This may or may not well documented. Just in case, if the FilteredElementCollector is not filtered (by type, class, category or at least by (non) ElementType) in the Revit collector way, the following exception would be thrown out:
"Autodesk.Revit.Exceptions.InvalidOperationException: The collector does not have a filter applied. Extraction or iteration of elements is not permitted without a filter.
at System.Collections.Generic.List`1..ctor(IEnumerable`1 collection)
at System.Linq.Enumerable.ToList[TSource](IEnumerable`1 source)
So, it means we cannot cast the collector to a .NET list without doing anything else besides creating it so as to use the LINQ OfType instead of the collector OfClass to filter out some particular type of Revit elements. Wonder why it behaves so as many times at the beginning people are not sure what to operate on yet. What about collecting some type from users through a user interface then filtering the FilteredElementCollector next using the wonderful .NET Reflection technology?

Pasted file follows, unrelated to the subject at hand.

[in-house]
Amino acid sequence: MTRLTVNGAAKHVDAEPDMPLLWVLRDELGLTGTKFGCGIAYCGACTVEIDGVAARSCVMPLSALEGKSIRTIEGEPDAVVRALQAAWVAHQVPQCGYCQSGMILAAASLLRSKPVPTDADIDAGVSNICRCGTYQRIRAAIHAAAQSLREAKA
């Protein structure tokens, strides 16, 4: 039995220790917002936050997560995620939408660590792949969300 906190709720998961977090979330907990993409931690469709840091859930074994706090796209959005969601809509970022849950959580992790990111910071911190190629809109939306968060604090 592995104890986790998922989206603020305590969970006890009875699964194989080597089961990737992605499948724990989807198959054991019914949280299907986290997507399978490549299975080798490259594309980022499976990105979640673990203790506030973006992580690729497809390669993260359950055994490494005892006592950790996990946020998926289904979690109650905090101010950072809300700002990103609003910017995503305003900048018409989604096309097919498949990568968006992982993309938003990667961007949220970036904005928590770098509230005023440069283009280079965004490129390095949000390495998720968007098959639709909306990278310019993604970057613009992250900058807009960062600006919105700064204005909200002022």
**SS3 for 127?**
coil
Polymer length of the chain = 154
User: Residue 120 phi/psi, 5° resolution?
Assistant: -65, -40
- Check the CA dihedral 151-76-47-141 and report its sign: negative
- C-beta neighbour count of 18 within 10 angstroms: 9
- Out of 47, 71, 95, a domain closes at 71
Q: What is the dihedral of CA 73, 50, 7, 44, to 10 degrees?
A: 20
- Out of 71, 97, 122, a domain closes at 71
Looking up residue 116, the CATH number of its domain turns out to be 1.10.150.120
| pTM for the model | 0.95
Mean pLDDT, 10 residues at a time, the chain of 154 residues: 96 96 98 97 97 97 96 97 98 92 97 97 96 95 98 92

Anyway, not so big a deal. Let's stick to the FilteredElementCollector.OfClass() and filter something out at start, e.g. using the WhereIsElementType or WhereIsNotElementType, or create such two separate lists (one for element types and the other for non) for later use.
Revit Family Organizer can organize various Revit family forms such as Family Files (.RFA), Opened Families, Loaded Families, Project Families, System Families, Nested Families, Family Types, and Family Materials in many different and good ways.